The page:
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Offline TrickyNekro

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Re: Between 8085, 8051, AVR, PIC and Motorola
« Reply #21 on: May 15, 2010, 03:32:02 PM »
10 pin are to be considered with longer cables... but aren't obsolete...
Most Atmel official products actually favor the 10pin ISP...

I would recommend an adapter to a total conversion....  ;)
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Offline cyberfish

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Re: Between 8085, 8051, AVR, PIC and Motorola
« Reply #22 on: May 15, 2010, 07:50:09 PM »
Atmel started by making MCS51 MCUs, but AVRs are a completely different design from ground up that has no more ties to MCS51 than any other MCU. It's a lot more RISC (simpler instructions that do less, where the speed is made up by allowing the device to be clocked faster), and has a lot more registers (the register banks thing in MCS51 is a pain to use, and I'm fairly sure AVR doesn't have that).

The AVR instruction set (http://en.wikipedia.org/wiki/Atmel_AVR_instruction_set) bears no resemblance to MCS51's.

Offline Actives

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Re: Between 8085, 8051, AVR, PIC and Motorola
« Reply #23 on: May 16, 2010, 01:54:45 AM »
AVR is more faster i think, one clock per one instruction

Offline cyberfish

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Re: Between 8085, 8051, AVR, PIC and Motorola
« Reply #24 on: May 16, 2010, 10:40:57 AM »
Some Silabs 8051 are one clock per instruction, too.

Most take more, though.

For AVR, most instructions are one clock.

Offline Webbot

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Re: Between 8085, 8051, AVR, PIC and Motorola
« Reply #25 on: May 16, 2010, 11:55:24 AM »
Re the 8085, 8088, 8086 ..... and trying to use 'everyday' language

I have an old electronic 'cook book' for 8085 published in 1981 ! That may be why others have said that if you are still being taught this then it is a 'disservice' !!

If memory servers (after 30 yrs) - the 8085 was the forerunner to the others: 8088 had an 8 bit bus and the 8086 had a 16 bit bus and was therefore faster. These then became the '286 and then the '386 etc etc that most PC users will be familiar with if 'Intel Inside' means anything.

Code written for the 8088 will also work on the 8086. The opposite also applies - if you don't use any 8086 specific assembly commands. Code for the 8085 is also similar to the others but its amazing your guys can still buy them !!

This generation of processors were aimed at home computers and then business computers - they aren't micro-controllers. They had zero 'on board memory' and so you had to add external memory cards, hard disk controllers, video cards etc - ie build an entire computer around them. As time went on they became bigger and more complex chips that could support more complex instructions (including floating point maths).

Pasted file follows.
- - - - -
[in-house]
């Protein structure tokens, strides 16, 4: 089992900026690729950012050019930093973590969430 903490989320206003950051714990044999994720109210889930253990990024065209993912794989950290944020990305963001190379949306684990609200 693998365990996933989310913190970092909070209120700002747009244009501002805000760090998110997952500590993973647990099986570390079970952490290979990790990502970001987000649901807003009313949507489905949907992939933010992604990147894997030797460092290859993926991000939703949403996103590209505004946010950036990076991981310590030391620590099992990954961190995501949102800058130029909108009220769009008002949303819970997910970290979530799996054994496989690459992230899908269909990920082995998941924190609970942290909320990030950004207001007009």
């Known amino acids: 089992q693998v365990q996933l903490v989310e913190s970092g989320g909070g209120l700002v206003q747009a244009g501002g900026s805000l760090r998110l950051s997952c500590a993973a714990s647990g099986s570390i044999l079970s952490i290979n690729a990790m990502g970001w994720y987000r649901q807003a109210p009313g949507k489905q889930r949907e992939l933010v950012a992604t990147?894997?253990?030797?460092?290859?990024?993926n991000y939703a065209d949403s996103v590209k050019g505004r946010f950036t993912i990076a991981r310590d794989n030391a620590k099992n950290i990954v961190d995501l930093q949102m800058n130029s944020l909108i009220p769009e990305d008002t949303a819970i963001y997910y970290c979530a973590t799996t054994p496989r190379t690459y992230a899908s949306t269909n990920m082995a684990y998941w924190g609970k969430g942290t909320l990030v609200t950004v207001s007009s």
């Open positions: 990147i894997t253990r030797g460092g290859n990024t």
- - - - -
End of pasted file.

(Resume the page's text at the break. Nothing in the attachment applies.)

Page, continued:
The advent of RISC (reduced instruction set) chips took the opposite view.... Make the chips VERY basic with only a few instructions. This meant the silicon design was much simpler, cheaper and the device was a lot smaller. They require more programming instructions to do the 'same thing' but since the architecture is simpler then they can be run at much faster speeds, generate less heat and hence consume less power. The original RISC chips were created by Acorn Risc Machines (ARM) for Home Computers like the Archimedes but are now found in just about every mobile phone on earth. Apple now want to buy the company! But thats another story.

So all of these devices are 'micro processors' - they just run code using program/data memory that is external to the chip. They dont have any onboard hardware to do things like PWM, Uarts/Modems, I2C etc etc. You had to add extra electronics to do that. On their own they cannot achieve anything. Its a bit like saying that they are the engine of a car - it can start up, run, but not actually achieve much unless you add wheels, steering, brakes etc etc.

Then came 'micro controllers' where you have a processor + memory + features like PWM/UARTs etc etc all built onto a single chip. These are like a complete car (albeit a 'mini'). You can do something useful with no extra hardware at all (ok - maybe a few capacitors). There is even a project out there where people are using microcontrollers to simulate an entire 1980's home computer - at a fraction of the cost and a fraction of the size.

Sorry if this is a bit simplistic - but hope it adds something for the original poster! I was always more of a 6502 person myself









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Offline MrZappyTopic starter

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Re: Between 8085, 8051, AVR, PIC and Motorola
« Reply #26 on: May 18, 2010, 07:03:12 AM »
Wow! This board is really helpful. Thanks a lot. Right now,
I am trying to find the necessary components to build my own 8051 system. Can anyone point me in the right direction regarding the schematics?

I found this schematic. Can anyone take a look at it and tell me if it's any good? And I am a bit confused about part U11. It is connected to port A0-A7 but parts 14, 15, 16 all have port A0-A7. Which component exactly must I connect it to? And it has an 8k RAM and a 32k RAM. Does it mean that this system has 40k of RAM? Can I add more to it for an upgrade?

http://roger.trideja.com/8051/sch8051.gif

Offline Soeren

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Regards,
Søren

A rather fast and fairly heavy robot with quite large wheels needs what? A lot of power?
Please remember...
Engineering is based on numbers - not adjectives